Caring for your home’s air: What to tell a tech
(BPT) - Regular maintenance of a home’s heating and cooling system by a qualified HVAC technician can help support a homeowner’s investment in high-efficiency equipment. But while technicians are the equipment technology experts, homeowners can provide a valuable “insider’s perspective” when it comes to the air throughout their home.
Homeowners have a unique advantage in that they live in their home every day and are attuned to subtle changes in their home’s air. Whereas a technician servicing a home’s heating and cooling system may be in the house a few hours a year, a home’s occupants will typically notice slight variations in the air circulating throughout their home.
Feedback from homeowners can provide useful clues to identify the “root cause” of a problem. For example, a problem with a home’s thermal comfort or air quality may not be the result of faulty equipment but originate from other issues in the home such as compromised ductwork, inadequate levels of insulation or poor ventilation. Problems such as these can lead to rooms that are too hot or cold, have a strange odor or present air quality issues. These issues may contribute to increased energy consumption and higher heating and cooling bills.
Energy Star notes that an average home loses up to 30% of the air that moves through the duct system due to leaks, holes and poorly connected ducts. Replacing and resealing old ductwork can help homeowners optimize air quality, comfort and energy costs. Holes and leaks in attic ducts can allow particulates from the attic to infiltrate conditioned air blowing through the system, which may lead to more dust inside the home.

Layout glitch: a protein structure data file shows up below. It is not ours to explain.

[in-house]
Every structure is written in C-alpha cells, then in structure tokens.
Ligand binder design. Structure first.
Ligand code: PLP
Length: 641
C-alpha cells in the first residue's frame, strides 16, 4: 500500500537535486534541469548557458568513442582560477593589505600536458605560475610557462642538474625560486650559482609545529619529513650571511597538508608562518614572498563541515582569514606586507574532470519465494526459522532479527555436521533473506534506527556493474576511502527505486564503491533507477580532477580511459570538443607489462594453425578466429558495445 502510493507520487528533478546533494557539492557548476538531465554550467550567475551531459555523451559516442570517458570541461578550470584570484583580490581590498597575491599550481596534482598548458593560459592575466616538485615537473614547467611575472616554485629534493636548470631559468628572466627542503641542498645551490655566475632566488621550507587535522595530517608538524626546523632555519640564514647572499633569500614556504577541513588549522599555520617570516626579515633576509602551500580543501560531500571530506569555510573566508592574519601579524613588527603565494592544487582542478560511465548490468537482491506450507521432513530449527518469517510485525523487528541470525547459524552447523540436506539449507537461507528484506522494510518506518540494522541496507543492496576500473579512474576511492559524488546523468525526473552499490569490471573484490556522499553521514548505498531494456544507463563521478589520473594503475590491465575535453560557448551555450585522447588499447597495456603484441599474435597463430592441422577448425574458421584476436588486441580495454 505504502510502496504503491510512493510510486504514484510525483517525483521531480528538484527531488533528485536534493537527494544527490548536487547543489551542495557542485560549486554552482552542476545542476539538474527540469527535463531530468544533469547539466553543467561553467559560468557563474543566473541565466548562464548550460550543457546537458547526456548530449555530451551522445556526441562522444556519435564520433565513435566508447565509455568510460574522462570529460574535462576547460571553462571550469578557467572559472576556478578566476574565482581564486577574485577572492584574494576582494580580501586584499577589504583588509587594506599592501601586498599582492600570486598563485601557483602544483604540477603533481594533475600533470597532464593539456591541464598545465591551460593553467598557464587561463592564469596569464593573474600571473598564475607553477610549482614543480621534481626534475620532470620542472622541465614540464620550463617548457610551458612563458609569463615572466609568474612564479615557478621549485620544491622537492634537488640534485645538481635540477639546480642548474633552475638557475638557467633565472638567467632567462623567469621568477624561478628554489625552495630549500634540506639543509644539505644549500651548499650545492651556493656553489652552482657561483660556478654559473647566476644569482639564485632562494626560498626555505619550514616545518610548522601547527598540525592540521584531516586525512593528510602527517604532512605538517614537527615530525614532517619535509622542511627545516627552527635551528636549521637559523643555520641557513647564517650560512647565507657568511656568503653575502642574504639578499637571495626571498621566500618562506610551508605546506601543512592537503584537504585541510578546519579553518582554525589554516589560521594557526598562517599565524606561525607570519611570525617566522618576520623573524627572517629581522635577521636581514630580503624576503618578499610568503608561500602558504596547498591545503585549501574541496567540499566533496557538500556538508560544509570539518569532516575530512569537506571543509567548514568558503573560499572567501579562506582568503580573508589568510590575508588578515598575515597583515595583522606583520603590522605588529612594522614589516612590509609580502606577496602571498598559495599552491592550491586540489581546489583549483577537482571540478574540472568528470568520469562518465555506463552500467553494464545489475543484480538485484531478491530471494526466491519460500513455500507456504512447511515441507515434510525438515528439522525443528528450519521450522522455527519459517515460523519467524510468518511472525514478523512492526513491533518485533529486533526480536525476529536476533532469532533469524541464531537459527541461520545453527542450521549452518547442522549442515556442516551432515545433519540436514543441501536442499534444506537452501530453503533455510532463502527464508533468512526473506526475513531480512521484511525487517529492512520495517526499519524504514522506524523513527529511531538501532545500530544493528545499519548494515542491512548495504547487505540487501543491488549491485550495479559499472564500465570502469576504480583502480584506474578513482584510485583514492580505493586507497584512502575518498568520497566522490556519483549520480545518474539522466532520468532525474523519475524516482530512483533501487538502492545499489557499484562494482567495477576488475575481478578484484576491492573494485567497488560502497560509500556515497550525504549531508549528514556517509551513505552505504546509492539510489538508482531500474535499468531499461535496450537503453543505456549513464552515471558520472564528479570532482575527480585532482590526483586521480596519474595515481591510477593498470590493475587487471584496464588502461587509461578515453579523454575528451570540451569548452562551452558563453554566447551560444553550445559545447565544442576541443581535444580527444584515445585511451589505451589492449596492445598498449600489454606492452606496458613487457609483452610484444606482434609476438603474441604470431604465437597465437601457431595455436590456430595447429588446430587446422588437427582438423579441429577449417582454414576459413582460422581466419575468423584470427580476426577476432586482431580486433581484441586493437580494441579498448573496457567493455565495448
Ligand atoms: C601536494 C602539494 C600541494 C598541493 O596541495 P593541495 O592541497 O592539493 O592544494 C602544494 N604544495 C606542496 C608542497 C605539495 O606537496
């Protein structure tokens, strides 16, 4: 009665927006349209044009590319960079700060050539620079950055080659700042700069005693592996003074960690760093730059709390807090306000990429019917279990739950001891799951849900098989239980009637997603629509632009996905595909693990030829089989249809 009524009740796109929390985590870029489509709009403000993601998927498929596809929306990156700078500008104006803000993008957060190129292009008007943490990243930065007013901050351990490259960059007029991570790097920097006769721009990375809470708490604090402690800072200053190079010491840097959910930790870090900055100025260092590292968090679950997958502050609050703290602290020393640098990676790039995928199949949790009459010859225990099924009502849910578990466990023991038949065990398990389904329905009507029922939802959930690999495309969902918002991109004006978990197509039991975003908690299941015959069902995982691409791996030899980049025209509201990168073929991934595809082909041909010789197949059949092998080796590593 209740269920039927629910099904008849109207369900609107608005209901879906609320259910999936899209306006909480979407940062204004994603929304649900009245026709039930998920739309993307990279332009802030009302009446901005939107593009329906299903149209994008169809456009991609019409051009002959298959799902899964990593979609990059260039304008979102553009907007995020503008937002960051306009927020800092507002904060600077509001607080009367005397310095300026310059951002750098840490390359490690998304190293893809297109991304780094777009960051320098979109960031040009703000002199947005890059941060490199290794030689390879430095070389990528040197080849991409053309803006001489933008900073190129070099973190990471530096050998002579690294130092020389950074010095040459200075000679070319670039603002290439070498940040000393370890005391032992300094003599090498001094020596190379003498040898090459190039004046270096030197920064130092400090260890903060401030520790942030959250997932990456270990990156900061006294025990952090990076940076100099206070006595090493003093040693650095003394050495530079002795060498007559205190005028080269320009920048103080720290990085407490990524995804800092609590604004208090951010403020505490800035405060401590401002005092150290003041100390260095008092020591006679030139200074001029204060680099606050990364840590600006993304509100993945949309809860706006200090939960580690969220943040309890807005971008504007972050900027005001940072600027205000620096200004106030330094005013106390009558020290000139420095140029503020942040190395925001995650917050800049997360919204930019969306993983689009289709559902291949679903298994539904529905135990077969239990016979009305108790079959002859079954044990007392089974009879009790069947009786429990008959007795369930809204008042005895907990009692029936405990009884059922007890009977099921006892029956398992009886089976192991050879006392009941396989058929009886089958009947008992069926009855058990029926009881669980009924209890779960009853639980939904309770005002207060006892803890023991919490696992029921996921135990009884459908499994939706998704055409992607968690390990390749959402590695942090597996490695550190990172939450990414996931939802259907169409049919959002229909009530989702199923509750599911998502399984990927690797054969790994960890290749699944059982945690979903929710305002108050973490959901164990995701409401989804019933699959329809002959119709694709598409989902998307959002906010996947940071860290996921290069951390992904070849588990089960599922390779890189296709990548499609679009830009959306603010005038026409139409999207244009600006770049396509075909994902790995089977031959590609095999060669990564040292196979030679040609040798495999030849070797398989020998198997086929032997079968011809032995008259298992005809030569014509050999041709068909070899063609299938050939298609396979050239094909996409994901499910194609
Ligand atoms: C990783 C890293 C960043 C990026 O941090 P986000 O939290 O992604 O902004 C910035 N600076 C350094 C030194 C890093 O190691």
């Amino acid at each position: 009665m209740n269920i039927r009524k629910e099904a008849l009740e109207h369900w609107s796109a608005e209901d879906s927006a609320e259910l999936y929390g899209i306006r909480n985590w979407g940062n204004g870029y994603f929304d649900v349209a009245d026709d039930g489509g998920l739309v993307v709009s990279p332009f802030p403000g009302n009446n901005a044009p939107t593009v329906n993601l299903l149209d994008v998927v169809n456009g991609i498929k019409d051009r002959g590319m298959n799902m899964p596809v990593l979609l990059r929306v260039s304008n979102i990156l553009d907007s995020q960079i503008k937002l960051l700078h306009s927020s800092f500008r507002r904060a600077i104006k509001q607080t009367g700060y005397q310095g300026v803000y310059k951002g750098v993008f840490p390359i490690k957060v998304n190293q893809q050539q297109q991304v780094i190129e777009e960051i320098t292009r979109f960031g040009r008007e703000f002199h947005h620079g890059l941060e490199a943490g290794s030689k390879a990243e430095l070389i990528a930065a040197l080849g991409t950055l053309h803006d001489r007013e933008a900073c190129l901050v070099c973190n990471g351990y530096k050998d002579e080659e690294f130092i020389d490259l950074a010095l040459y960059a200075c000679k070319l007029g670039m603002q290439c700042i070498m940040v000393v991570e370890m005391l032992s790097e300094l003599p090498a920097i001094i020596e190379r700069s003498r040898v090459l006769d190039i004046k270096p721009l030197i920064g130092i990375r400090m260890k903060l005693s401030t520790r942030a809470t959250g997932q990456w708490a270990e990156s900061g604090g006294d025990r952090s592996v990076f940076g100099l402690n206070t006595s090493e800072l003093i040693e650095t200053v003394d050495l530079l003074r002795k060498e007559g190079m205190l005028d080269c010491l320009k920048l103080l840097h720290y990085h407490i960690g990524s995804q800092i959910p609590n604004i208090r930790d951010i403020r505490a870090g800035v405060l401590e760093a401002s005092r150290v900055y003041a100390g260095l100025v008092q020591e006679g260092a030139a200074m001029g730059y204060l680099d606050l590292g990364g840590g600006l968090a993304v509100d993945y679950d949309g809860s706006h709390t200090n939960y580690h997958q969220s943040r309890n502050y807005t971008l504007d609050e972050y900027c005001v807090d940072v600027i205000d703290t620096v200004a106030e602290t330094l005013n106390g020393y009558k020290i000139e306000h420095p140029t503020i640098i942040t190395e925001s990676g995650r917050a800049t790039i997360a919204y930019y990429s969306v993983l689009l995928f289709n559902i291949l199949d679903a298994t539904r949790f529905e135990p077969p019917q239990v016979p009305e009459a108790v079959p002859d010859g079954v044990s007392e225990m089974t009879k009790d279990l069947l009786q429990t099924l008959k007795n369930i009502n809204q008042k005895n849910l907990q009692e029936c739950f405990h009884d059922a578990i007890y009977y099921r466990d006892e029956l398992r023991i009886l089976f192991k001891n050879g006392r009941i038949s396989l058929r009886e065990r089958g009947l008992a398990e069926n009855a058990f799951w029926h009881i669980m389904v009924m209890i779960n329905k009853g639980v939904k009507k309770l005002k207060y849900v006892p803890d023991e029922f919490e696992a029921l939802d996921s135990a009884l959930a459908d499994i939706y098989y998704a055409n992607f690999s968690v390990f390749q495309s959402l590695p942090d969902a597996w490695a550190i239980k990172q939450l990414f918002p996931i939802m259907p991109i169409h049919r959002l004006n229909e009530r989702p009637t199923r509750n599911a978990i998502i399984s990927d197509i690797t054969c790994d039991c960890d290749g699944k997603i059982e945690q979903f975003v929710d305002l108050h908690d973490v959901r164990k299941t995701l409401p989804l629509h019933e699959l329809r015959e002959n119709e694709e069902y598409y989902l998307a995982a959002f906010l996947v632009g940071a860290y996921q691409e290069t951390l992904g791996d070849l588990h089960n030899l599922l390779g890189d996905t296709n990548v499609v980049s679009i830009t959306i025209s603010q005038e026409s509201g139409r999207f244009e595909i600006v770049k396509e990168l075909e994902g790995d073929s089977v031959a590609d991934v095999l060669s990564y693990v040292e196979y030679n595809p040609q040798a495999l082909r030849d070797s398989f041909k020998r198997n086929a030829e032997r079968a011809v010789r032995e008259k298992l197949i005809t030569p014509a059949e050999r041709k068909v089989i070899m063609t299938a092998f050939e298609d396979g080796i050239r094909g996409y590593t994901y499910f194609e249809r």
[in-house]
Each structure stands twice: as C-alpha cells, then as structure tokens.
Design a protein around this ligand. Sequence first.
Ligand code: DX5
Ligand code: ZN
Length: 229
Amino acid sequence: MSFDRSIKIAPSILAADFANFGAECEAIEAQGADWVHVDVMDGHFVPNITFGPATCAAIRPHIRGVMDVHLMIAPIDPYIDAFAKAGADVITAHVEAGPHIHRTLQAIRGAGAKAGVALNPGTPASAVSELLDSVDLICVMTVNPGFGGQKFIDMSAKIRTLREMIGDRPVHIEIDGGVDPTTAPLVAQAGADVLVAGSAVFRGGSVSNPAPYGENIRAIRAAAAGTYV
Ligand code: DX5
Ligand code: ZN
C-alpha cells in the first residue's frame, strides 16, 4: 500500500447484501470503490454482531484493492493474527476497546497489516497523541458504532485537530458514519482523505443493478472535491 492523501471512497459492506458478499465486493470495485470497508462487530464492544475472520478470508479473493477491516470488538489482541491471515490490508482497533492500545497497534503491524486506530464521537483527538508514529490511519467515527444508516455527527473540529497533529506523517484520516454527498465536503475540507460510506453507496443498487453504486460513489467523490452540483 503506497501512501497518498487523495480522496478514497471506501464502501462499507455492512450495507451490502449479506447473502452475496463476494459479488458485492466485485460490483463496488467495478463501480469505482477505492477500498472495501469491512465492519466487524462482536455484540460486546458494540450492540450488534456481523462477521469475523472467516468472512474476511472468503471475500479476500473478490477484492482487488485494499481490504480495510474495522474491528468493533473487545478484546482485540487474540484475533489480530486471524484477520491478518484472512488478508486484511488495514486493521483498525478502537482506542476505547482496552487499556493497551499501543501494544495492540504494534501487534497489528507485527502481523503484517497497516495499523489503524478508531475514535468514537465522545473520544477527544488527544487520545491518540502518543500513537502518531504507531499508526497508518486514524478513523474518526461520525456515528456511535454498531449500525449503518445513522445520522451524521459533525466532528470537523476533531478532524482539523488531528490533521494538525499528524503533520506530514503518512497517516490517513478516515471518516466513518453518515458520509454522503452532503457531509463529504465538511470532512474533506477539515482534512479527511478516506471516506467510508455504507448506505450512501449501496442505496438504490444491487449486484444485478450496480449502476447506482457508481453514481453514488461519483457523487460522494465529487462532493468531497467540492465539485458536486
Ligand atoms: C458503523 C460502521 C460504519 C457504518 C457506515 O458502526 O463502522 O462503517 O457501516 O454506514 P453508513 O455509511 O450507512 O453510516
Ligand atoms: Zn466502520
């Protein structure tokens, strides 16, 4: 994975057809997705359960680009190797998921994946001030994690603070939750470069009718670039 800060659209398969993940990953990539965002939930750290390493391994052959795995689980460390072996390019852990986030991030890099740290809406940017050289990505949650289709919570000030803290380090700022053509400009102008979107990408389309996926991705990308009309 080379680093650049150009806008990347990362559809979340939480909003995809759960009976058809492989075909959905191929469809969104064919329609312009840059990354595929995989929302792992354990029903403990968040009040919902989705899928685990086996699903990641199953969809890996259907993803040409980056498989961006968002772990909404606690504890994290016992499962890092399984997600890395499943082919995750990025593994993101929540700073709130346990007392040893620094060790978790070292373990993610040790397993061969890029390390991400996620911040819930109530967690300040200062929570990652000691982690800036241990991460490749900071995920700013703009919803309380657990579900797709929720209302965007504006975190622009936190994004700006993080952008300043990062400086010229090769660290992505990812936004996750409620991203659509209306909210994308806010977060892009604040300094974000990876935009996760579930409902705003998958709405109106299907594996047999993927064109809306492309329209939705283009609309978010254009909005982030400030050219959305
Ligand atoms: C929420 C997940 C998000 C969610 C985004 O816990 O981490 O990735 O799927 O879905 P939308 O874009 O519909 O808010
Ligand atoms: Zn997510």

From a thermal comfort perspective, more than 90% of homes are under-insulated, falling short of current DOE guidelines for energy efficiency. A quick look around a home’s attic can assess insulation levels and suggest measures such as adding loose fill insulation to improve comfort and energy efficiency.
Scott Savidge is a Technical Field Supervisor at Isaac Heating and Air Conditioning and a member of the NATE (North American Technician Excellence) technical committee. He says it’s helpful for a homeowner to share when a problem started, describe any changes with regards to how an HVAC system cycles on and off, and mention any unusual odors when the technician visits. “At a minimum, knowing when the equipment was last serviced can be helpful,” he says.
Other insights about the home’s air that can be helpful to share during a service visit include:
- Is there more dust in the air than usual?
- Is the home’s heating and cooling equipment making any unusual noises?
- When were the air filters last changed?
- Does the air in some rooms/areas feel stuffy?
- Is there a room that is persistently colder/warmer than other parts of the house?
- Are heating and cooling bills unexpectedly higher?
Ultimately, an Owens Corning® AirCare™ contractor cares not only for a home’s equipment, but for the air that flows through the system. A home’s air is supported by a complex system of infrastructure, mechanical equipment and technology. By offering insights into the home’s overall comfort and air quality, occupants can support technicians in caring for the air in their home.